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Business planning for the new year

It’s a new year and maybe it’s business as usual for you but it’s time to set your goals and plans for the year ahead. It’s time to outline the purpose for your business to keep you and your team accountable.

Here’s a guide to what you should be thinking about right now with your management team and business adviser.

To look ahead, you first need to look back.

Now is the time to review the first half of FY2024 and discuss what’s working and what needs attention. Your business adviser can run a financial performance report to bring together all the numbers.

Once you know where your business is winning and where it fell short in the past six months, it’s time for the strategy.

A business strategy can be a boldly aspirational view of how to win in your market, or it can be steady as she goes, built on continuity and tweaking what is already serving you well.

February/March: Set the strategy to shape the business for the next one, two or five years. Work with your management team to do this, or bring in an external facilitator who can bring fresh eyes and thought-provoking questioning to the process.

Strategy setting incorporates analysing your competition, a SWOT analysis of your business strengths, weaknesses, opportunities and threats, and continuity planning.

The reality is that most people are in business to make money. You’re not going to succeed if you’re not on top of environmental factors – what’s happening in your industry, the broader economy, and with your competition.

What’s important is to set priorities. There is never enough time, money or resources to do everything but a well thought out strategy can help focus your attention on areas of your business that will provide the greatest return.

Strategy and the plans that fall out of it are also essential for the next stage of your life as a business owner, whether that’s preparing the business for sale in the future or in the case of a family-owned operation, succession by another family member.

Financial budgets March/April: Build a financial plan. Set and adjust as needed based on what budget you need to accomplish the plans emerging from your strategy.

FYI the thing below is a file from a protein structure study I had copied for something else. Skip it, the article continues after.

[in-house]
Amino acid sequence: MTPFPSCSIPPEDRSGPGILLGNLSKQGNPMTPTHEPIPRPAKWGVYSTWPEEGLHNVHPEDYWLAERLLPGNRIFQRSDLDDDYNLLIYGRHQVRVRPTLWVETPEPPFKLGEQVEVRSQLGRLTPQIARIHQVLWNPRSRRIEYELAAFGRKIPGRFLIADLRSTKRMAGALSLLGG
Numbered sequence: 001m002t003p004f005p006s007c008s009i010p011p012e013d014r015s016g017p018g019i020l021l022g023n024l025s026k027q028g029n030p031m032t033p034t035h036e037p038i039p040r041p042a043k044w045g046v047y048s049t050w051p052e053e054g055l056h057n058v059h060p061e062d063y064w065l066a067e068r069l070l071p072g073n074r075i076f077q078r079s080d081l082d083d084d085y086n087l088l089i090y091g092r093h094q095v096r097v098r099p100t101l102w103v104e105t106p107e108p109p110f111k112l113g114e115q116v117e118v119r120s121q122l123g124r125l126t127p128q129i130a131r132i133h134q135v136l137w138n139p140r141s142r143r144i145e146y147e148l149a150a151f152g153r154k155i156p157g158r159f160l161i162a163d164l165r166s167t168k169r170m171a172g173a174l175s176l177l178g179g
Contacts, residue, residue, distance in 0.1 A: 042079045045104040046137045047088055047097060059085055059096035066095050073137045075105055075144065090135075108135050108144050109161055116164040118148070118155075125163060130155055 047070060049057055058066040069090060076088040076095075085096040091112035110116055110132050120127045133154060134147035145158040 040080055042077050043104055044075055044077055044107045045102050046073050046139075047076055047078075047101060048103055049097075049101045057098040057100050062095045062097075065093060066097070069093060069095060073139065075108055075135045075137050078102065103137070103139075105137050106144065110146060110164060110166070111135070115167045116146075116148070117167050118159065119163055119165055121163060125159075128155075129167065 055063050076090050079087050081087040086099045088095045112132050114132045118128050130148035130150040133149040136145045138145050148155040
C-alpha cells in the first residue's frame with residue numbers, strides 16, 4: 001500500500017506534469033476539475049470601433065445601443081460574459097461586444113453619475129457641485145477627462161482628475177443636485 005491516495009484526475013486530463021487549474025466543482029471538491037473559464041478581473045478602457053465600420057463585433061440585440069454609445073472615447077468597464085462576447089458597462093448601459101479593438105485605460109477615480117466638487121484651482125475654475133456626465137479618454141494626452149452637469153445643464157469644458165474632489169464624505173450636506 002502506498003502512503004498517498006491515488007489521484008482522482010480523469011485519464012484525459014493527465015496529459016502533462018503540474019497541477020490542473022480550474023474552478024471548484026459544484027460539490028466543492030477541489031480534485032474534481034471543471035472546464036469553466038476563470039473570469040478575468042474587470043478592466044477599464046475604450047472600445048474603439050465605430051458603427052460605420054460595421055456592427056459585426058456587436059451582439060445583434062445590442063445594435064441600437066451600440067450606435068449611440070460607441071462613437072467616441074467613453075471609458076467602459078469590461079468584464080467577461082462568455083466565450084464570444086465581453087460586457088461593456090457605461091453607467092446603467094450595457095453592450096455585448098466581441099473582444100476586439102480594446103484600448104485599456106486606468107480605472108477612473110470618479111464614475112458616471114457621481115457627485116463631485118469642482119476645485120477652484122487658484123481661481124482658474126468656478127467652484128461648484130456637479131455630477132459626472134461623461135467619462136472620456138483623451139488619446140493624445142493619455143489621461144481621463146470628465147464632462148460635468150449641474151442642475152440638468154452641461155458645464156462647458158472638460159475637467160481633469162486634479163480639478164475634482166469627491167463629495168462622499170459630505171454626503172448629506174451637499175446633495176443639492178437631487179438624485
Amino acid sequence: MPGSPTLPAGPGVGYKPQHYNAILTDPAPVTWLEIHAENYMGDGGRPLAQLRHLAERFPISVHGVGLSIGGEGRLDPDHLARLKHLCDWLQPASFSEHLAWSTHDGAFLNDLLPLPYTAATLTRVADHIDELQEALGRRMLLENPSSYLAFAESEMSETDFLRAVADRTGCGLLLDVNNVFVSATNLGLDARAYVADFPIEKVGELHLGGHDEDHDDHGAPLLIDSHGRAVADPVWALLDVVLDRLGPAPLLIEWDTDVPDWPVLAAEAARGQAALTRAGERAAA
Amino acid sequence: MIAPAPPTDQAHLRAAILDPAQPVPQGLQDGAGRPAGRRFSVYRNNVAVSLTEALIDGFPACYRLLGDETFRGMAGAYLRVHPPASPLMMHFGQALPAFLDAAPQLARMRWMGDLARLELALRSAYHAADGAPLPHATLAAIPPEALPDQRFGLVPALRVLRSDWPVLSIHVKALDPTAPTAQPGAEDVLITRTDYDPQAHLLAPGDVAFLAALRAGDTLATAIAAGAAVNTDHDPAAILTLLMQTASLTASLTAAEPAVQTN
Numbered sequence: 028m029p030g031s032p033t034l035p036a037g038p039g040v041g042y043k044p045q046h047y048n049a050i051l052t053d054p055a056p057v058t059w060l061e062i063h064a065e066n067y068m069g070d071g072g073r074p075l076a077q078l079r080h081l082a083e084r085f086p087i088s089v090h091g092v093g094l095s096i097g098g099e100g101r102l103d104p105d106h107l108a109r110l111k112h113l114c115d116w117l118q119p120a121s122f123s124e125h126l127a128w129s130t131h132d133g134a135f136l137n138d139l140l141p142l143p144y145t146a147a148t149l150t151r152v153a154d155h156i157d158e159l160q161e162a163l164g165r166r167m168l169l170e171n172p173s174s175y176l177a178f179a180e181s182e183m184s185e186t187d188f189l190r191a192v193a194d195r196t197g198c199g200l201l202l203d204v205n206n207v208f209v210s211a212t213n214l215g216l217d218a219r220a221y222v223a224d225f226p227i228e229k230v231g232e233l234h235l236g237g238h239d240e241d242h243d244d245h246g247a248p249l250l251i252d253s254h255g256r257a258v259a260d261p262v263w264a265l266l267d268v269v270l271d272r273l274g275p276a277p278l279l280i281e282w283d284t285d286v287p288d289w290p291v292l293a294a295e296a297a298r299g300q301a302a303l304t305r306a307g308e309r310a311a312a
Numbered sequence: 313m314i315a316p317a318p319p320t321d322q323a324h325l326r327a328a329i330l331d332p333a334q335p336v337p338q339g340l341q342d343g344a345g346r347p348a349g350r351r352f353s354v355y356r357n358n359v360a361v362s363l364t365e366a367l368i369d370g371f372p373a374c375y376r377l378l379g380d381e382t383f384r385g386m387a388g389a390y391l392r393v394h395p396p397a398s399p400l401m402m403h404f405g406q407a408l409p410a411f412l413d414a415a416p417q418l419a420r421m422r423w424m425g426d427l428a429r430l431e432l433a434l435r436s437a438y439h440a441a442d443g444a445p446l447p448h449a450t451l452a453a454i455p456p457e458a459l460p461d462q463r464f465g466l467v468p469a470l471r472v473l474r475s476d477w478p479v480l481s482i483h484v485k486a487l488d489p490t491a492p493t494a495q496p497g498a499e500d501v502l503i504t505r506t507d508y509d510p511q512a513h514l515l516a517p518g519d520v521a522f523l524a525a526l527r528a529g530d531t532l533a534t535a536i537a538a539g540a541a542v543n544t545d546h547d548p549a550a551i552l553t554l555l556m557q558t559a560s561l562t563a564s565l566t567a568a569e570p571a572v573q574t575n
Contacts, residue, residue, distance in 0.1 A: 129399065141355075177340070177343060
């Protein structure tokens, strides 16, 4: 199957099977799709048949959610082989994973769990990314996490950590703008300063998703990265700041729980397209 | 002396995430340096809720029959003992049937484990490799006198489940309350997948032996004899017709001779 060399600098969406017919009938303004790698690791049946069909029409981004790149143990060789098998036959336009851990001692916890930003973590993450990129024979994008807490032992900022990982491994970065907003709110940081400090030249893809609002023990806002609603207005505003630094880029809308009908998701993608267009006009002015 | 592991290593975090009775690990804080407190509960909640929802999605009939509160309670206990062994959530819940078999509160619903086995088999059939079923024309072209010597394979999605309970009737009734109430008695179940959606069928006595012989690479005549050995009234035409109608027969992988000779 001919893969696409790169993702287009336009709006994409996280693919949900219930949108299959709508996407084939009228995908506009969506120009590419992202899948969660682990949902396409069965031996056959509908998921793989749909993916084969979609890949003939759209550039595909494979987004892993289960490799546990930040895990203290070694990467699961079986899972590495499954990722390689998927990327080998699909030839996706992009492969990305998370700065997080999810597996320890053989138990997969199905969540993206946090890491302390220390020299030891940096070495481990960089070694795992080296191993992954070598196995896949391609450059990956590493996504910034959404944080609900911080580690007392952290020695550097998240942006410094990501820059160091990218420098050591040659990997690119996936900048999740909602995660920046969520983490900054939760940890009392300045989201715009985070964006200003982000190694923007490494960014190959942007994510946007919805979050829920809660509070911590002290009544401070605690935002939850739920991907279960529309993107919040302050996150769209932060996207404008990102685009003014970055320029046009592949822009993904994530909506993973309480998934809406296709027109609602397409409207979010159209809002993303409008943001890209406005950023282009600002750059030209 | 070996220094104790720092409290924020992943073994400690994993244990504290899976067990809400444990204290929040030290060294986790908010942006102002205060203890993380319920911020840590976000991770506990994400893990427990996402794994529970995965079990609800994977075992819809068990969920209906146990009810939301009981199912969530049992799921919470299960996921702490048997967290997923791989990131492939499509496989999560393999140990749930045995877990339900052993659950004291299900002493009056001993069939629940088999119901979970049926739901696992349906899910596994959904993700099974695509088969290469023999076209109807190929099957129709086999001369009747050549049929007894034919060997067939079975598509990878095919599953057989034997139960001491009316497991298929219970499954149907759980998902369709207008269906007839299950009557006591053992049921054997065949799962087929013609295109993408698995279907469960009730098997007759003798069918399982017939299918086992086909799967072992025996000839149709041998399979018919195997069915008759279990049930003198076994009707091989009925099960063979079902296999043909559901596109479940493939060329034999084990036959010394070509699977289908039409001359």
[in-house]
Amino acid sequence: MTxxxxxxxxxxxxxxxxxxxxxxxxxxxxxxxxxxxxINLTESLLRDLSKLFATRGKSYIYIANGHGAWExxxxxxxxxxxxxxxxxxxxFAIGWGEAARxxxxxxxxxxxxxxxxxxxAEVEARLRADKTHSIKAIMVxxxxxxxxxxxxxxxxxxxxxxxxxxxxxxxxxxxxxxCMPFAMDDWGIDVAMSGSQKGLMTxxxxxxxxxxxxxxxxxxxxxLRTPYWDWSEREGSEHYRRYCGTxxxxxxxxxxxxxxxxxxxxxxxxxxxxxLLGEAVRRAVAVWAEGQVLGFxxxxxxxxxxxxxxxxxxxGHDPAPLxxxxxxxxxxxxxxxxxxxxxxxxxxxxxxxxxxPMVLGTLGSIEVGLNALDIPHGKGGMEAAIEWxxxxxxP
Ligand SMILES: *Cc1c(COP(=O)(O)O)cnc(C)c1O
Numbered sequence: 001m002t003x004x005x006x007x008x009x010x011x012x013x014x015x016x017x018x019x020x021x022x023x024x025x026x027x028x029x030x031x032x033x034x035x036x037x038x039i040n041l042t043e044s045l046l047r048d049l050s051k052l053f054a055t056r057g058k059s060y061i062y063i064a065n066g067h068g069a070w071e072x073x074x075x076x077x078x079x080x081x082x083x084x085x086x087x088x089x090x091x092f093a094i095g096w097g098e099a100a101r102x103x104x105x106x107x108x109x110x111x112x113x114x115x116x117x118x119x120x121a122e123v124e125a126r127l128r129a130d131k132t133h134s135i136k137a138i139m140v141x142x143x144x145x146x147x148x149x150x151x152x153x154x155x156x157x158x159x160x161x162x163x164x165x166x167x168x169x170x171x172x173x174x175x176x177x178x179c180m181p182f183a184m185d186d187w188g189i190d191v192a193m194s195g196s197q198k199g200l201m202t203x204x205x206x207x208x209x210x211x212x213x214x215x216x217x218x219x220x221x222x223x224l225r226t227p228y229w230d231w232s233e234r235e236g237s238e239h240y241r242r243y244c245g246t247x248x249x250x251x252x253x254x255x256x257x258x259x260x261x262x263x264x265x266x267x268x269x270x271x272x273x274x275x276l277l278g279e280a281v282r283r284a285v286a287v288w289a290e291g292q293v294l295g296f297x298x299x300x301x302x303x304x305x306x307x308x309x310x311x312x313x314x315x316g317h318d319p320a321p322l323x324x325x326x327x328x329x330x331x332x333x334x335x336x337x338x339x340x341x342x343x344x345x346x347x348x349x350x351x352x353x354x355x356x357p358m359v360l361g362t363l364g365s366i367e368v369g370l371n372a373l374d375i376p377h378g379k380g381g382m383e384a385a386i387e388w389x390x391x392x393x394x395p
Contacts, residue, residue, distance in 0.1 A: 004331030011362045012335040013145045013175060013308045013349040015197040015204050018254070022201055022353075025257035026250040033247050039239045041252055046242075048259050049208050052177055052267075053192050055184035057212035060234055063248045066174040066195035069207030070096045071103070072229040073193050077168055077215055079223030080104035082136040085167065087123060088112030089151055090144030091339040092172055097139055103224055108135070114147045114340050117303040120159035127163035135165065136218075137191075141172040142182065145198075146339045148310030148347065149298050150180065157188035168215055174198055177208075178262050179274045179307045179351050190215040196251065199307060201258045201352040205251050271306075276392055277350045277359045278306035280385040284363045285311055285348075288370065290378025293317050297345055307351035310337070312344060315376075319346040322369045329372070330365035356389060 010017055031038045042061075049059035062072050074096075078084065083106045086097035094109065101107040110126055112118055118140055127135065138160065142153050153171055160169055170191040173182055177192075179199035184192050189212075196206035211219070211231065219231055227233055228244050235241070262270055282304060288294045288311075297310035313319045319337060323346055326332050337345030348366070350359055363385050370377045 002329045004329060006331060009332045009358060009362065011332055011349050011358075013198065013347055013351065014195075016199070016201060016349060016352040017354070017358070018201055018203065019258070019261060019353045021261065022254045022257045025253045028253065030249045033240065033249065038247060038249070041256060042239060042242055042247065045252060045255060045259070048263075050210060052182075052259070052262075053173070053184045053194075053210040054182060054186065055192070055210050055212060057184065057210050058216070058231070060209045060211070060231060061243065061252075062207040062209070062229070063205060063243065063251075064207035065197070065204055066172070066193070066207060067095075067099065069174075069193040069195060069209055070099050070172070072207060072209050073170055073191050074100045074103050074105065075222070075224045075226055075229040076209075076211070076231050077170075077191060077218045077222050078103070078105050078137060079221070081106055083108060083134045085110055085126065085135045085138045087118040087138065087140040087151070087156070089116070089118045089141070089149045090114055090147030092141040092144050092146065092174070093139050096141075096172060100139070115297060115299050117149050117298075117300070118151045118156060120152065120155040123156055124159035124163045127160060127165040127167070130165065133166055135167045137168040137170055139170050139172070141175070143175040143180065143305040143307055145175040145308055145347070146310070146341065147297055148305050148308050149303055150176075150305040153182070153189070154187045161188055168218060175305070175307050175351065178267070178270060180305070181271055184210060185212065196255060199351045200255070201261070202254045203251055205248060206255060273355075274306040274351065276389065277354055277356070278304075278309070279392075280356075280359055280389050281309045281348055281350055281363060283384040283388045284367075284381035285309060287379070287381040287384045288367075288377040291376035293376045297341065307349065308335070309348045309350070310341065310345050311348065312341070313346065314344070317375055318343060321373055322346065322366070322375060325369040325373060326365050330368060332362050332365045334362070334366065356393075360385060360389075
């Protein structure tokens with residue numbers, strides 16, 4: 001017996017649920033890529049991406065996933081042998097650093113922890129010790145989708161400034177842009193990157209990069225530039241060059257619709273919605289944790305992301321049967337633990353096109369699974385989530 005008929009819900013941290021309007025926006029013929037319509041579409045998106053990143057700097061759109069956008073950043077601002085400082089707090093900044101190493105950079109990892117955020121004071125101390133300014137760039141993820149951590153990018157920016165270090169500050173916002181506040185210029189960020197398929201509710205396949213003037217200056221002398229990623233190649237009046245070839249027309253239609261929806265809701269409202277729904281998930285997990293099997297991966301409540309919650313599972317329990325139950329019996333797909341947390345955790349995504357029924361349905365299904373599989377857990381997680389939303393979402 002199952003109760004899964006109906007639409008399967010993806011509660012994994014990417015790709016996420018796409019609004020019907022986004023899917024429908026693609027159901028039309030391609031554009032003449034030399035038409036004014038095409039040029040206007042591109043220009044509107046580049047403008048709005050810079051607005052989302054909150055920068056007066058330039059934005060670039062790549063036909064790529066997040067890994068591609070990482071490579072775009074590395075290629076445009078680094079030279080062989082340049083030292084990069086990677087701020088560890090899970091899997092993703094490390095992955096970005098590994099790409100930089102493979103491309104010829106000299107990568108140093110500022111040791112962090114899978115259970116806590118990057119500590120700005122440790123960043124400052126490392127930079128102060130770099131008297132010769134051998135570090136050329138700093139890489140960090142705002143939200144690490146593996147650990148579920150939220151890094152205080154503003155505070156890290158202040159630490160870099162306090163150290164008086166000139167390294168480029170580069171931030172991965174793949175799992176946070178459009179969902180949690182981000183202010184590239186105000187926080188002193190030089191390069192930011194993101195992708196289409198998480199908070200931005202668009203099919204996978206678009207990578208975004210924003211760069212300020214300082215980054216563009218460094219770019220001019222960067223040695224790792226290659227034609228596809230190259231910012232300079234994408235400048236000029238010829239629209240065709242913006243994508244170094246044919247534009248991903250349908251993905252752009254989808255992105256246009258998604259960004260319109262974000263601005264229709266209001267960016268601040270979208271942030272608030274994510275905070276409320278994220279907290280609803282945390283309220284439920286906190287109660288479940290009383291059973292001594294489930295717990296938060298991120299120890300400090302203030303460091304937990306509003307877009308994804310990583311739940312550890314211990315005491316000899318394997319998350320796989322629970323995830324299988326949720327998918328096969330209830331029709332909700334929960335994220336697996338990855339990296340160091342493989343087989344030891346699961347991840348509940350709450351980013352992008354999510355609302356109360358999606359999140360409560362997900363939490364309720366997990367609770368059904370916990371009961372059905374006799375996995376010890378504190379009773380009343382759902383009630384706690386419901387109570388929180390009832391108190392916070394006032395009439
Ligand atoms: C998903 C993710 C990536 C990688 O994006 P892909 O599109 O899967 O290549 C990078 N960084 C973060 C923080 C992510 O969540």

Set or reset your management reporting for the new year in April/May: This includes KPIs and dashboards that visually represent key metrics for your business, comparing your business performance against industry benchmarks, and incorporating forecasting elements to project future performance.

Tax Planning – nobody wants the prospect of a surprise tax liability. It is essential that you understand your tax obligations for the financial year.

Arrange a tax planning meeting with your accountant to discuss your figures, plan the balance of the tax year and review any opportunities you can take advantage of before the end of the financial year.

We have put some loose time frames around the tasks above but ideally, they will all be done prior to June 30.

Ongoing steps:

It’s not all over once the new financial year begins. The ongoing phase involves the accomplishment and accountability side of the strategy. How are you measuring your success? How often will you revisit or reset your strategy or vision to keep it relevant to the markets you operate in and what you want to achieve?

Regular reviews and flexibility to change priorities if needed are important if you want to achieve growth and business continuity.

For help with any part of the business planning process, here are some of our team who can help.

Strategy & Accomplishment facilitation

• Martin Pike

• Simon Starr

Accounting & Business Advisory (Including budgets, management reporting, tax planning)

• Louisa Andreucci

Ring 1300 764 200 to arrange a meeting with someone in our team, or email and we will be in touch.

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